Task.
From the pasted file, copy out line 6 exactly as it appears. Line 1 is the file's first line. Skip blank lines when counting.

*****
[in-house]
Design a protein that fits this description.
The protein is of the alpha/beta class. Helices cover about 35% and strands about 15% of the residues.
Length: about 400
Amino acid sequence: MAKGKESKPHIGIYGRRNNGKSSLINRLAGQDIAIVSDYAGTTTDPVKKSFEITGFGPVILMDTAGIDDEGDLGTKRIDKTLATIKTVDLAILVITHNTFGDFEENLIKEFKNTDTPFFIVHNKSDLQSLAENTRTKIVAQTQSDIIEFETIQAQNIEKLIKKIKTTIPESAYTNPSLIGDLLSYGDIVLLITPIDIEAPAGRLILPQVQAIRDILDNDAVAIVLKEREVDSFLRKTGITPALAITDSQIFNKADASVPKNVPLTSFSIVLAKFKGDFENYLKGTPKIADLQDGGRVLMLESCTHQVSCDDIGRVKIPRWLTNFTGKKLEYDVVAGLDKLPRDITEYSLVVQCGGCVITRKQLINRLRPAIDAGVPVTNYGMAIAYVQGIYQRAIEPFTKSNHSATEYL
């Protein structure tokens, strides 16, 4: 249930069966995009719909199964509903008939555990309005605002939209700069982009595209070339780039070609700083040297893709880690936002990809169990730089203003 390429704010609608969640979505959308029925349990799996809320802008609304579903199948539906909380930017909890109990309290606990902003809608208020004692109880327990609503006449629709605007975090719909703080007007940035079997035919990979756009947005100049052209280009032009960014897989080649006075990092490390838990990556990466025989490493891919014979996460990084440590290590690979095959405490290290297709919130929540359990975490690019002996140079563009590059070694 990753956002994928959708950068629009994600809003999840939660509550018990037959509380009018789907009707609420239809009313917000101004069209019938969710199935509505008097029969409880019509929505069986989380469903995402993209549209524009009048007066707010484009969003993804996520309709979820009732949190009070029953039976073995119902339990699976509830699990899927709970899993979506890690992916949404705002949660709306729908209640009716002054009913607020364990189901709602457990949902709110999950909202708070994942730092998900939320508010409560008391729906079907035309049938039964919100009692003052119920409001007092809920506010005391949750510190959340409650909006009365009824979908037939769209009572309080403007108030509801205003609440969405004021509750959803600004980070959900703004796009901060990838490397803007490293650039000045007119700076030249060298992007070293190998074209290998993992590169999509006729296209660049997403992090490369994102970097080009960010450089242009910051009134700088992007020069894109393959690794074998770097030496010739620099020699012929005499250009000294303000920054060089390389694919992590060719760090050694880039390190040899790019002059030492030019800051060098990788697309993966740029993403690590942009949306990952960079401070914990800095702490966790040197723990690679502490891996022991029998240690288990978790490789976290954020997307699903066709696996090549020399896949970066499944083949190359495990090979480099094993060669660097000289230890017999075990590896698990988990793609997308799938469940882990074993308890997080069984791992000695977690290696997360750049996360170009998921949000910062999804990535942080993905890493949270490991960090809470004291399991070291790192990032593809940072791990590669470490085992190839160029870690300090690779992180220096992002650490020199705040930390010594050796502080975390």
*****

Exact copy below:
């Protein structure tokens, strides 16, 4: 249930069966995009719909199964509903008939555990309005605002939209700069982009595209070339780039070609700083040297893709880690936002990809169990730089203003 390429704010609608969640979505959308029925349990799996809320802008609304579903199948539906909380930017909890109990309290606990902003809608208020004692109880327990609503006449629709605007975090719909703080007007940035079997035919990979756009947005100049052209280009032009960014897989080649006075990092490390838990990556990466025989490493891919014979996460990084440590290590690979095959405490290290297709919130929540359990975490690019002996140079563009590059070694 990753956002994928959708950068629009994600809003999840939660509550018990037959509380009018789907009707609420239809009313917000101004069209019938969710199935509505008097029969409880019509929505069986989380469903995402993209549209524009009048007066707010484009969003993804996520309709979820009732949190009070029953039976073995119902339990699976509830699990899927709970899993979506890690992916949404705002949660709306729908209640009716002054009913607020364990189901709602457990949902709110999950909202708070994942730092998900939320508010409560008391729906079907035309049938039964919100009692003052119920409001007092809920506010005391949750510190959340409650909006009365009824979908037939769209009572309080403007108030509801205003609440969405004021509750959803600004980070959900703004796009901060990838490397803007490293650039000045007119700076030249060298992007070293190998074209290998993992590169999509006729296209660049997403992090490369994102970097080009960010450089242009910051009134700088992007020069894109393959690794074998770097030496010739620099020699012929005499250009000294303000920054060089390389694919992590060719760090050694880039390190040899790019002059030492030019800051060098990788697309993966740029993403690590942009949306990952960079401070914990800095702490966790040197723990690679502490891996022991029998240690288990978790490789976290954020997307699903066709696996090549020399896949970066499944083949190359495990090979480099094993060669660097000289230890017999075990590896698990988990793609997308799938469940882990074993308890997080069984791992000695977690290696997360750049996360170009998921949000910062999804990535942080993905890493949270490991960090809470004291399991070291790192990032593809940072791990590669470490085992190839160029870690300090690779992180220096992002650490020199705040930390010594050796502080975390």